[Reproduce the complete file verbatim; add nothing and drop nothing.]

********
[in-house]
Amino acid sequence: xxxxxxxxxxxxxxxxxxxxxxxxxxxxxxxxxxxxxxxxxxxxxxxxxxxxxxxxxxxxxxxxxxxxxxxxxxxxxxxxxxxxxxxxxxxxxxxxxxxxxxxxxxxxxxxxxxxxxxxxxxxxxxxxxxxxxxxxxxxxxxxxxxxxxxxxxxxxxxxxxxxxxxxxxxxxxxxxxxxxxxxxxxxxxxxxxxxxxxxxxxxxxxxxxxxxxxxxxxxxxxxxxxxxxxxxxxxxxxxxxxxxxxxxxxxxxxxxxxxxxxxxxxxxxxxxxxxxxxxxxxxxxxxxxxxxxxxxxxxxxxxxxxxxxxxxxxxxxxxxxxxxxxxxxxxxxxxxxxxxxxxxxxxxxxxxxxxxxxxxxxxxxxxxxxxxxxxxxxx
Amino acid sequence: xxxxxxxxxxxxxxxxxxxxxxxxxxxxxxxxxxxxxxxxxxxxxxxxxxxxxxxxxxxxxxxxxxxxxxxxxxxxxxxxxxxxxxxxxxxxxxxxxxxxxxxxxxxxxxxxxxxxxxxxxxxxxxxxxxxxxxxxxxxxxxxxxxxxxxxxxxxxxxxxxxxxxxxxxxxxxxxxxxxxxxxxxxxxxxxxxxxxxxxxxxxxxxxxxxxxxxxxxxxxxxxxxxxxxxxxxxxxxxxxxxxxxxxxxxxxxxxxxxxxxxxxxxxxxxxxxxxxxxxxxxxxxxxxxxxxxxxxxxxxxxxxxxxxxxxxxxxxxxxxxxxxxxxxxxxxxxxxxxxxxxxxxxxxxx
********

[in-house]
Amino acid sequence: xxxxxxxxxxxxxxxxxxxxxxxxxxxxxxxxxxxxxxxxxxxxxxxxxxxxxxxxxxxxxxxxxxxxxxxxxxxxxxxxxxxxxxxxxxxxxxxxxxxxxxxxxxxxxxxxxxxxxxxxxxxxxxxxxxxxxxxxxxxxxxxxxxxxxxxxxxxxxxxxxxxxxxxxxxxxxxxxxxxxxxxxxxxxxxxxxxxxxxxxxxxxxxxxxxxxxxxxxxxxxxxxxxxxxxxxxxxxxxxxxxxxxxxxxxxxxxxxxxxxxxxxxxxxxxxxxxxxxxxxxxxxxxxxxxxxxxxxxxxxxxxxxxxxxxxxxxxxxxxxxxxxxxxxxxxxxxxxxxxxxxxxxxxxxxxxxxxxxxxxxxxxxxxxxxxxxxxxxxx
Amino acid sequence: xxxxxxxxxxxxxxxxxxxxxxxxxxxxxxxxxxxxxxxxxxxxxxxxxxxxxxxxxxxxxxxxxxxxxxxxxxxxxxxxxxxxxxxxxxxxxxxxxxxxxxxxxxxxxxxxxxxxxxxxxxxxxxxxxxxxxxxxxxxxxxxxxxxxxxxxxxxxxxxxxxxxxxxxxxxxxxxxxxxxxxxxxxxxxxxxxxxxxxxxxxxxxxxxxxxxxxxxxxxxxxxxxxxxxxxxxxxxxxxxxxxxxxxxxxxxxxxxxxxxxxxxxxxxxxxxxxxxxxxxxxxxxxxxxxxxxxxxxxxxxxxxxxxxxxxxxxxxxxxxxxxxxxxxxxxxxxxxxxxxxxxxxxxxxx